As the denials started, ‘It was, Oh, my God’

Wednesday, March 31, 2004

WASHINGTON - Medicare officials may claim that beneficiaries and mom-and-pop providers aren’t being seriously affected by the DMERCs’ crackdown on power wheelchair utilization. Don’t, however, tell that to small rehab providers like Jeff West, Tyrrell Hunter and Russ McLellan. If you do, they may tell you to go jump in a lake.

CMS’s all-out effort to rein in power chair fraud following September’s Wheeler Dealer scandal has left providers like these three jittery and, in some instances, on the brink of financial collapse. The result, going forward is that most won’t furnish a chair to any beneficiary who isn’t bed or chair bound, as CMS mandated in a now infamous December coverage clarification. For most providers, the days of providing a PWC to a beneficiary who can walk a few steps have come to a screeching halt.

“In last two months we’ve had seven power wheelchairs that the people, up until that clarification, would have qualified for,” said Hunter, who owns Majors Mobility in Topsham, Maine. “They wanted to know what they could do about it, and I said about the only thing you can do is pressure the politicians to go back to the old standard.”

Hunter’s experience with the CMS crackdown seems mild compared to what West has been going through.

Since September, CMS has denied 18 power wheelchair claims submitted by West, who owns Independent Living Aids in Kissemmee, Fla. In each case, CMS denied the chair for a lack of medical necessity. About 20 additional claims are on prepay audit. Between the audits and denials, which West is appealing, Medicare has tied up about $300,000. To meet his financial obligations, West borrowed $90,000 from family members and leased another $90,000 from VGM.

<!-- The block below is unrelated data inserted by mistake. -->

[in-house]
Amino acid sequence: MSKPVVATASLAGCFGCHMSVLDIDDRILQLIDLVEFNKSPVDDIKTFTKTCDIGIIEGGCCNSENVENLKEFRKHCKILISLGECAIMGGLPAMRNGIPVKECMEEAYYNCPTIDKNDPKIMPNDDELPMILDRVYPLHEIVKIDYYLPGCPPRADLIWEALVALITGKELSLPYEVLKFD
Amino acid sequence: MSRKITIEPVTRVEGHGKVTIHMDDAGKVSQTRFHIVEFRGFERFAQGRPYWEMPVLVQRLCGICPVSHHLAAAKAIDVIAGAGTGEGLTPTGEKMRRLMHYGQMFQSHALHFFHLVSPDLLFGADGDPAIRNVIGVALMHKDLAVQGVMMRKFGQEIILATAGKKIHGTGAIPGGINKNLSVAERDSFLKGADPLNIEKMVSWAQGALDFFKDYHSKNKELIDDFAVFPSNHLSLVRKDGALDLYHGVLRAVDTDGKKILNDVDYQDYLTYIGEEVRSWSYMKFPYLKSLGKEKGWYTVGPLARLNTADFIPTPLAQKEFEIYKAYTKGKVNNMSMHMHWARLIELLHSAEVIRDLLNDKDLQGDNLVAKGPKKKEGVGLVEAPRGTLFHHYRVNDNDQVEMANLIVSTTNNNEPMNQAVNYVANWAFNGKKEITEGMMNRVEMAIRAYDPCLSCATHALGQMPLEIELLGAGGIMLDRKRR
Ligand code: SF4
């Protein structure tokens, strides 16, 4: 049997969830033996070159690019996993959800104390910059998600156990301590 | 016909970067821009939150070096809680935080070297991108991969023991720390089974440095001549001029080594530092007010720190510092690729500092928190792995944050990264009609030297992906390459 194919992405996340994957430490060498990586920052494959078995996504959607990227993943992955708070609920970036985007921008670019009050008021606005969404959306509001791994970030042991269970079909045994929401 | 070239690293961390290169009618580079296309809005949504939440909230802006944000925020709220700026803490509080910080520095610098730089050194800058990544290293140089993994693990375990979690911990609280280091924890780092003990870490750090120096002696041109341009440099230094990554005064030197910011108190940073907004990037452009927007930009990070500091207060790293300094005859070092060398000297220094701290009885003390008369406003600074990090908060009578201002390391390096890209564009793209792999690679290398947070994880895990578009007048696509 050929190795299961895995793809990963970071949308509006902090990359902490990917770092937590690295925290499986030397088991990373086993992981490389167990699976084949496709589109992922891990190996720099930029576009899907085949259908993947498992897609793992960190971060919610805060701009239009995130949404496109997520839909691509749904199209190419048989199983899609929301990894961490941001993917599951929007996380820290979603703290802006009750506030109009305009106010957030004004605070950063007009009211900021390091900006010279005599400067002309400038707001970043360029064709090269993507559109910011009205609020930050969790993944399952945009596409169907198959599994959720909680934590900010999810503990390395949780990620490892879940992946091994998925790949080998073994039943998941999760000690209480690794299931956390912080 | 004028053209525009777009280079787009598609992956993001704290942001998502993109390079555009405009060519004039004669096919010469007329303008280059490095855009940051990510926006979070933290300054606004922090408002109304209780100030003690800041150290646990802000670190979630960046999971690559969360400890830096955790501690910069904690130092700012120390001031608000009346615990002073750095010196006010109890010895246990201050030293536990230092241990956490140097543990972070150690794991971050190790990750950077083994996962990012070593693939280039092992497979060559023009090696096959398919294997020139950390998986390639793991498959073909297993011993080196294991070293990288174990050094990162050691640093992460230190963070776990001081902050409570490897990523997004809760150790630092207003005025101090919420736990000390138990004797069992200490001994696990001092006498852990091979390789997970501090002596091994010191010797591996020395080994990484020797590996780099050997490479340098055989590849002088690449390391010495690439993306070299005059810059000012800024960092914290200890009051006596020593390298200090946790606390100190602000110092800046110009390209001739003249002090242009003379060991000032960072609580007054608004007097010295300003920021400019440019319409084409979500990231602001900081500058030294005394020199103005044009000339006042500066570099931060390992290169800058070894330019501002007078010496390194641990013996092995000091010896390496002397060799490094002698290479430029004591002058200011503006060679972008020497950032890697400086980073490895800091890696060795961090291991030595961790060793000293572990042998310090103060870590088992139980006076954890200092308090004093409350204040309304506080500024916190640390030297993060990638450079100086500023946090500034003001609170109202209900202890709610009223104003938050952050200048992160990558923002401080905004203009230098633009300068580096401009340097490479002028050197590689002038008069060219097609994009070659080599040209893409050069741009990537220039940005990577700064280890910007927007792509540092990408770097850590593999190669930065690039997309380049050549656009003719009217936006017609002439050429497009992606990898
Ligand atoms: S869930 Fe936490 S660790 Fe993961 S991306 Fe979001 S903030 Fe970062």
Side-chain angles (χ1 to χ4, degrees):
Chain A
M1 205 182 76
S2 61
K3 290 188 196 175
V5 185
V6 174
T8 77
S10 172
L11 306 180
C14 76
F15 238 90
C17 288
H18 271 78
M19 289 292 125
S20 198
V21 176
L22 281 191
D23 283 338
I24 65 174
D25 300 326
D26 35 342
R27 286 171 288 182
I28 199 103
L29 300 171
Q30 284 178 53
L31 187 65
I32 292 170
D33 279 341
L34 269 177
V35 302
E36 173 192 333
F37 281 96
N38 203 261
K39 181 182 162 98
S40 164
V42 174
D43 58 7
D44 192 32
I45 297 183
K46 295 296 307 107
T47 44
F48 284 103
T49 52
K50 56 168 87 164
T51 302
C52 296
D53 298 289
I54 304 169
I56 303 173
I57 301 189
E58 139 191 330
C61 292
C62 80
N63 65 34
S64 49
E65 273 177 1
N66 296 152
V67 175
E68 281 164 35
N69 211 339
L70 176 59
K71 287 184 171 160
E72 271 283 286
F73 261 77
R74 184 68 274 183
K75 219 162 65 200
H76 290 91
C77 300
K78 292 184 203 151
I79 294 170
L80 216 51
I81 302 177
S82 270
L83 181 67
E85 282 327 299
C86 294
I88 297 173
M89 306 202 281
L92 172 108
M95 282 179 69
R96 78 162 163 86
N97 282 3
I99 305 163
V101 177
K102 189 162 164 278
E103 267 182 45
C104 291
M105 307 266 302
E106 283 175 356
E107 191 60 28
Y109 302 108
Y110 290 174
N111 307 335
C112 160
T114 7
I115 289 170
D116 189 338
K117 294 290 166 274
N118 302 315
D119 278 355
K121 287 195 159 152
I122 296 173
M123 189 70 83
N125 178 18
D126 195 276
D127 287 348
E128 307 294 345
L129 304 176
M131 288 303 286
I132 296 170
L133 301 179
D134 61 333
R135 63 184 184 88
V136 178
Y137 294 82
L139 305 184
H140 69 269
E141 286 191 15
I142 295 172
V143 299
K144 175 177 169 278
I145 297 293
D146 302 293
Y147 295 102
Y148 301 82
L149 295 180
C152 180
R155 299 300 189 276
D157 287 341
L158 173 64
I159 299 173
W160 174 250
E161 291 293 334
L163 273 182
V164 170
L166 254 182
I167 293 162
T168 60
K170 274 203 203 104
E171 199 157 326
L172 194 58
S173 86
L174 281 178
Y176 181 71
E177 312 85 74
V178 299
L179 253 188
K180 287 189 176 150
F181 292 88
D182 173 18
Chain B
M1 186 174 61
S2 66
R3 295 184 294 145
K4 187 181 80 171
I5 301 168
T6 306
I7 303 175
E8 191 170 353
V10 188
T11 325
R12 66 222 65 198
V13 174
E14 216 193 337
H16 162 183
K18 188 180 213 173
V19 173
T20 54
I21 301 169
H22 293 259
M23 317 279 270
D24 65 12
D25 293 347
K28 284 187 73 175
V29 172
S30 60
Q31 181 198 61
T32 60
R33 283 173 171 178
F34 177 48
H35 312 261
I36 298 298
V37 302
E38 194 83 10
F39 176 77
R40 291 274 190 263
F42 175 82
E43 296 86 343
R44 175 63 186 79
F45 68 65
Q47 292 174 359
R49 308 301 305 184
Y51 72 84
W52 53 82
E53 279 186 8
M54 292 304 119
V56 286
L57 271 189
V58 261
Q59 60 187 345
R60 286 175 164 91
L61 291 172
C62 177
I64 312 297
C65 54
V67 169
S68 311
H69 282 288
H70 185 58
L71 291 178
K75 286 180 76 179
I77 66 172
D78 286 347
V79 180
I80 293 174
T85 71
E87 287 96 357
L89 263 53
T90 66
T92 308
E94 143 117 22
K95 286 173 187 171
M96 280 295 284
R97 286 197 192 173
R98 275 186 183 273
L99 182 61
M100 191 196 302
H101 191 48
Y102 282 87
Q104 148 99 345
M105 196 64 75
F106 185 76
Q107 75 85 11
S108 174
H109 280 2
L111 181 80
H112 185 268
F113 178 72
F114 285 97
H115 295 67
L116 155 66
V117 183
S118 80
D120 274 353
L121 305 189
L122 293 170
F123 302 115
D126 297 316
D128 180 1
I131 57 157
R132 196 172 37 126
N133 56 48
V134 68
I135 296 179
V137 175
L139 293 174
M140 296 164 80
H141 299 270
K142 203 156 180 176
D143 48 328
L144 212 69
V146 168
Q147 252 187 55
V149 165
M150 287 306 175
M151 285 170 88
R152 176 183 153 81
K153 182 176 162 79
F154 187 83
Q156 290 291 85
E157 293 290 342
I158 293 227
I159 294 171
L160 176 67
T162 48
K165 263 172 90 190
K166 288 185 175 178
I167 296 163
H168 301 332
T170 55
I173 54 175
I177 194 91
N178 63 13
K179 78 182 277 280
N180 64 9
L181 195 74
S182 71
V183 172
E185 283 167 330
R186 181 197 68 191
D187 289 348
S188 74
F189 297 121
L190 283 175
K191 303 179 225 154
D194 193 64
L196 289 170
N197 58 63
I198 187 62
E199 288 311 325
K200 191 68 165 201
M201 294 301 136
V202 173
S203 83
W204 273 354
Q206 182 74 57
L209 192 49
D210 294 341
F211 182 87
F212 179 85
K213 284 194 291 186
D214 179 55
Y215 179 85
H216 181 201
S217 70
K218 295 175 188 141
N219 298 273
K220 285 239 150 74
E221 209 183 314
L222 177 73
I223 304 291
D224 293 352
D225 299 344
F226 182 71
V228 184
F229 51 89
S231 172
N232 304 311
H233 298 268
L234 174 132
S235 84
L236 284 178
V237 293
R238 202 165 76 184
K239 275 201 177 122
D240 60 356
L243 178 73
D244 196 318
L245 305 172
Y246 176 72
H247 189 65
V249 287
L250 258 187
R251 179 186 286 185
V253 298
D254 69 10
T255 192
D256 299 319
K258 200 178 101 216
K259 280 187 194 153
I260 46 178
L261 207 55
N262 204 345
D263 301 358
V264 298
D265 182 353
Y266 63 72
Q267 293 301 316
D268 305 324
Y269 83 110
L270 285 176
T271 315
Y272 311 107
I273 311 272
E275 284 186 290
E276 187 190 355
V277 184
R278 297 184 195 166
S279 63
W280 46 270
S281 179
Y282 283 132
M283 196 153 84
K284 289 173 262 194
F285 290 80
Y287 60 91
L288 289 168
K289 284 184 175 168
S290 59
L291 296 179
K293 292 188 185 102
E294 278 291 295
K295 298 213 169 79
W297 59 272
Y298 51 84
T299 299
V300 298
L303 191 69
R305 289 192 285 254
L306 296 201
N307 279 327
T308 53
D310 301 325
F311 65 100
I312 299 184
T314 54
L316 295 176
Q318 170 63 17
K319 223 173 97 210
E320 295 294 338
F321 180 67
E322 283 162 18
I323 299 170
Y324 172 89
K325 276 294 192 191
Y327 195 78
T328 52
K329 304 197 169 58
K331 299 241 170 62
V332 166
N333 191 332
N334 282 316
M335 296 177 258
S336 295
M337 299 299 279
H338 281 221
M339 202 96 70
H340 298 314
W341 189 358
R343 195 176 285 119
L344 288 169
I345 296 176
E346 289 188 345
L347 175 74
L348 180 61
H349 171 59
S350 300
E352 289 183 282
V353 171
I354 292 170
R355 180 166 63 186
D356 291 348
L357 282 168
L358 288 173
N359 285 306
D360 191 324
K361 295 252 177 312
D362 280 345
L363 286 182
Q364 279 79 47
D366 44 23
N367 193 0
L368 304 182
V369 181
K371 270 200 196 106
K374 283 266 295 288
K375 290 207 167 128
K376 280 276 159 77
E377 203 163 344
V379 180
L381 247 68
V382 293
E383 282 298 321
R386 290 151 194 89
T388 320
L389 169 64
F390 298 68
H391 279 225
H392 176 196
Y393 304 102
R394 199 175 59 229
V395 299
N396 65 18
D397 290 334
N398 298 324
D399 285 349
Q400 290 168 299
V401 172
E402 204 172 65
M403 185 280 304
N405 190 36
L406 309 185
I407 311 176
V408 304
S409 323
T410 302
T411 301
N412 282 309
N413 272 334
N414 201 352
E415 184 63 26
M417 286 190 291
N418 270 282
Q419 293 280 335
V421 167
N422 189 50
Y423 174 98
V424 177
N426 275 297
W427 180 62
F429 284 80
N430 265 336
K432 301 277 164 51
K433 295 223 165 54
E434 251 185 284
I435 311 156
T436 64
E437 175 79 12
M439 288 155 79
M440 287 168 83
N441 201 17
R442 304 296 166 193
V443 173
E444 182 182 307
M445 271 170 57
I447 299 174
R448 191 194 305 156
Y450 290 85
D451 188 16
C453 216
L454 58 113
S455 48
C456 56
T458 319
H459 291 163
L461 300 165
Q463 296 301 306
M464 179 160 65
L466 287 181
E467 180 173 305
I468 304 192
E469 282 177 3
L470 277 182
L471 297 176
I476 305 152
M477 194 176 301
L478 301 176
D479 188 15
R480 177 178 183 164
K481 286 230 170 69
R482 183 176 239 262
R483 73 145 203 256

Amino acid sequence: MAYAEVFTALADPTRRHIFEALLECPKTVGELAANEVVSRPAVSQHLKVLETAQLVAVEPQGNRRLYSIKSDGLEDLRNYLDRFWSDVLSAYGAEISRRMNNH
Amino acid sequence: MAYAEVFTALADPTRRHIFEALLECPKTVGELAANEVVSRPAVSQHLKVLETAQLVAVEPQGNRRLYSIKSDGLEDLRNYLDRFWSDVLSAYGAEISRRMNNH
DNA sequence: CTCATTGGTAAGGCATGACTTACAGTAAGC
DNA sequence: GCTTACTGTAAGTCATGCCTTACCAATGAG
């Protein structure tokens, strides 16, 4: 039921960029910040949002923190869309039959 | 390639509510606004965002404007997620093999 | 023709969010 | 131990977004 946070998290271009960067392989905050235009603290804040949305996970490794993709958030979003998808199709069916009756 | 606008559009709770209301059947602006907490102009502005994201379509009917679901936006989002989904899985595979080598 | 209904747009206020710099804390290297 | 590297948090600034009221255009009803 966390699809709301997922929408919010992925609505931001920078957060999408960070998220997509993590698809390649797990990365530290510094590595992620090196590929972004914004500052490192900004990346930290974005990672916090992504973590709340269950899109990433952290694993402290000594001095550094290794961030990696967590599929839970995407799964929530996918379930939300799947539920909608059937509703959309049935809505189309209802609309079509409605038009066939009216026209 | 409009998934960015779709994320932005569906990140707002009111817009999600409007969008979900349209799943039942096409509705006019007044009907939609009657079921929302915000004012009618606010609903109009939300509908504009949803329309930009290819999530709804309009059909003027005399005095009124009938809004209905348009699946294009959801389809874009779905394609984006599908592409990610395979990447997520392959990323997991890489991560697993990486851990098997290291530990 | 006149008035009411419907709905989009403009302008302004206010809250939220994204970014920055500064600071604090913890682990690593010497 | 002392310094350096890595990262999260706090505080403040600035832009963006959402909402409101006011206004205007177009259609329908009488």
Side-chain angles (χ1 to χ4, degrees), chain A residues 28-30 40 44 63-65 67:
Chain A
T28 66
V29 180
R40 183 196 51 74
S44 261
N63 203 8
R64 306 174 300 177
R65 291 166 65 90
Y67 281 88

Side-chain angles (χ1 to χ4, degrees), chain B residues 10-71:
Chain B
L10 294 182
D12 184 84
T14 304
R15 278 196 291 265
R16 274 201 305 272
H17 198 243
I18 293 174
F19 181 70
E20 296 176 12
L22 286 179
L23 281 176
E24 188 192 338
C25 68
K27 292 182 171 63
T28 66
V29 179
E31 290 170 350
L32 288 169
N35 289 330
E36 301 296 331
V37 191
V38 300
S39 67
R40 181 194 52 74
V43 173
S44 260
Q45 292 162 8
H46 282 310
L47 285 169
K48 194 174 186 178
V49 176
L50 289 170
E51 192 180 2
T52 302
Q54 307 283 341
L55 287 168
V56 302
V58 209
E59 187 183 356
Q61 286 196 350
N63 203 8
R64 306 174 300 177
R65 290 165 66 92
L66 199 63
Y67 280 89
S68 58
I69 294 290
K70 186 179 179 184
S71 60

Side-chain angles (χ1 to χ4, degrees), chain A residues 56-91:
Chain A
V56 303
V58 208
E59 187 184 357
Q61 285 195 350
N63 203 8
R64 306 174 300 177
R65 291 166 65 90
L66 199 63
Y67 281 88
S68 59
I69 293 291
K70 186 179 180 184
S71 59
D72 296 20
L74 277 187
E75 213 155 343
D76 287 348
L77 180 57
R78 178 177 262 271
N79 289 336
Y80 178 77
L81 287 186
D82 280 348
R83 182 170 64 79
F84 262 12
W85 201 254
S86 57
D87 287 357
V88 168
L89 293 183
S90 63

“When we started getting the denials, it was, ‘Oh, my God,’” West said. “We had to find the money to survive.”

One of West’s denials was a gunshot victim. The woman had been in a wheelchair for 25 years and just recently became eligible for Medicare.

“When I talked to the medical review person, I asked what could possibly be wrong,” West said. “She said, ‘You are going to have to get the original injury notes from 25 years ago.’ That’s a bunch of crap.”

McLellan, who owns Home Health Options in Marietta, Ga., is almost as bad off. He’s also just as bitter at CMS for changing the rules without allowing time for providers to make adjustments that might limit denials.

On Oct. 23, he received a letter from CMS stating the he owned Medicare $157,519.97 related to 36 audited K0011 claims.

After getting over the initial shock, McLellan and his staff began looking into the audit findings and could find nothing wrong. No lack of, as CMS stated, appropriate authorization or medical necessity.

As of March 1, McLellan had paid back CMS $40,000 in offsets. He was scheduled to attend a fair hearing on the denials March 3.

“This company is my dream and someone comes along and changes the rules,” said McLellan, who has been in business six years. “The real story here is not the fleecing of America - it’s the fleecing of the people who help.”